[Cross-posted from the Australian Food Sovereignty Alliance]
Peter Hunt, a Weekly Times reporter, has treated the concerns of Victoriaâ€™s pastured livestock farmers over proposed planning reforms with total contempt,Â calling them â€˜delusional.â€™
This seems unsurprising given Hunt spent many years in a policy role with the Victorian Farmers Federation (VFF), a body whose reputation for attacking small-scale farmers is increasing.
Pastured pig and poultry farmers have rejected factory farming and are instead growing animals outside in the fresh air. They devote their farms to growing healthy animals in ethical and ecologically-sound ways.
In anÂ op ed in last weekâ€™s Weekly Times, Mr Hunt trotted out the drivel the Victorian Government is seeking to rectify when he called pastured livestock farms â€˜intensiveâ€™.
Hunt went on to make spurious claims about the biosecurity risks of free-range poultry and pigs. However, it is sheds full of thousands of animals living with their own excrement that are the real source of a massive public health threat â€“ those sheds are â€˜food for fluâ€™ as evolutionary biologist Rob Wallace states.
The Governmentâ€™s attempt to reform the planning provisions has fallen short of the 2016 recommendations of theÂ Animal Industries Advisory Committee (AIAC). The AIAC called for the scheme to recognise the lower risk small-scale pastured pig and poultry farms pose, and for planning controls to be commensurate with that risk.
The AIAC called for small-scale pastured pig and poultry farms to be treated like other grazing production systems.
The AIAC went through an independent public consultation. However, once handed to Agriculture Victoria, the ongoing consultation was limited to peak bodies for intensive agriculture â€“ Australian Pork Limited (APL), Meat & Livestock Australia (MLA), and the VFF, and a handful of cattle farmers. There was no representation for pastured pig and poultry farmers, andÂ Ag Vic came back with a draftÂ that sees all pig and poultry farms with more than 200 birds or three sows needing a permit.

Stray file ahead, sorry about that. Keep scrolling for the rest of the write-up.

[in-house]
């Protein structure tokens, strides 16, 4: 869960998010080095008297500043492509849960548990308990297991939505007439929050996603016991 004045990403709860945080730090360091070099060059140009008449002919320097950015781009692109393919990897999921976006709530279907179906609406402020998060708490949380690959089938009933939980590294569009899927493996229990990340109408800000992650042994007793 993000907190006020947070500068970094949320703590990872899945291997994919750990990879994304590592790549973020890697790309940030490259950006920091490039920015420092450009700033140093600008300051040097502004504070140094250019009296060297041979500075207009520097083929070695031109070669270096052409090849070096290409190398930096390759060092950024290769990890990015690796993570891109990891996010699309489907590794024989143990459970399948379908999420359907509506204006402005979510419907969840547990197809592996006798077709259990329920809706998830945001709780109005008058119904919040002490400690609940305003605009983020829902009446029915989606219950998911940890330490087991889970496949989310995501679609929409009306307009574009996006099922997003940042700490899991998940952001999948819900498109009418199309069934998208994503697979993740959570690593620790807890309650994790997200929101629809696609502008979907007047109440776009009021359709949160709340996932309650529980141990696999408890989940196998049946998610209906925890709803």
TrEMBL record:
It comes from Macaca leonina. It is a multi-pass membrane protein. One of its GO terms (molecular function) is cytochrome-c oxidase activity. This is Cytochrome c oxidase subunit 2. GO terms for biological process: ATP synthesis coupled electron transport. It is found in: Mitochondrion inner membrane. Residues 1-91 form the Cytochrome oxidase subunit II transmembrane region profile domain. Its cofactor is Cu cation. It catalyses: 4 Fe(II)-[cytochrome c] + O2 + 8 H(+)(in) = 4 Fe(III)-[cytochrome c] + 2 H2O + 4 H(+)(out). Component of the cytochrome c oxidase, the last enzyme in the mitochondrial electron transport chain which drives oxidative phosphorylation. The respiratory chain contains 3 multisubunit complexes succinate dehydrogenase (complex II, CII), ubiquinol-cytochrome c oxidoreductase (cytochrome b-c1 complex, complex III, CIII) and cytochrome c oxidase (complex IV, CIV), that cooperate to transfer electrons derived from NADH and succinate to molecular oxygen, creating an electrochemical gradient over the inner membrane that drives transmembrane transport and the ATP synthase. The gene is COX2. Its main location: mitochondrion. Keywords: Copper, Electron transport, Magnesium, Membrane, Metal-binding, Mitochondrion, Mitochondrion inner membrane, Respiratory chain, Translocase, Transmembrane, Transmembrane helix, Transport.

The Government, the VFF, and the likes of Hunt keep repeating that all pig and poultry farms have always needed to get a permit, however, they fail to acknowledge that requirement was only recentlyÂ established by a VCAT case in 2015. This was a trigger for the need to reform the planning scheme. Calling a farm with 100 pigs on 40 acres â€˜intensiveâ€™ was deemed inappropriate, and the controls applied incommensurate with the risk.
Huntâ€™s track record of sloppy and inaccurate journalism does the public interest no favours, and his disdain for pastured pig and poultry farmers tells where his allegiances lie.
Tammi Jonas, President
Australian Food Sovereignty Alliance
I could write a really long post about Victoria’s current raw milk
debate debacle, but I’m going to keep this short and to the point.
The facts of the case are that there has been a tragic death of a child some months ago from Haemolytic Uremic Syndrome (HUS), which can potentially be caused by a strain ofÂ e coli that can sometimes be found in raw milk amongst other sources, such as undercooked beef mince or from contact with farm animals. Three or four (media reports have varied) other children also became ill but recovered. Some reports claimed all had consumed the same farm’s raw milk, others have claimed there were multiple brands.
What the media has not made at all clear is that these families all drank raw milk but there is no conclusion yet that raw milk caused their illness. And while that is still a possibility, the trial by media without a coroner’s report has been appalling.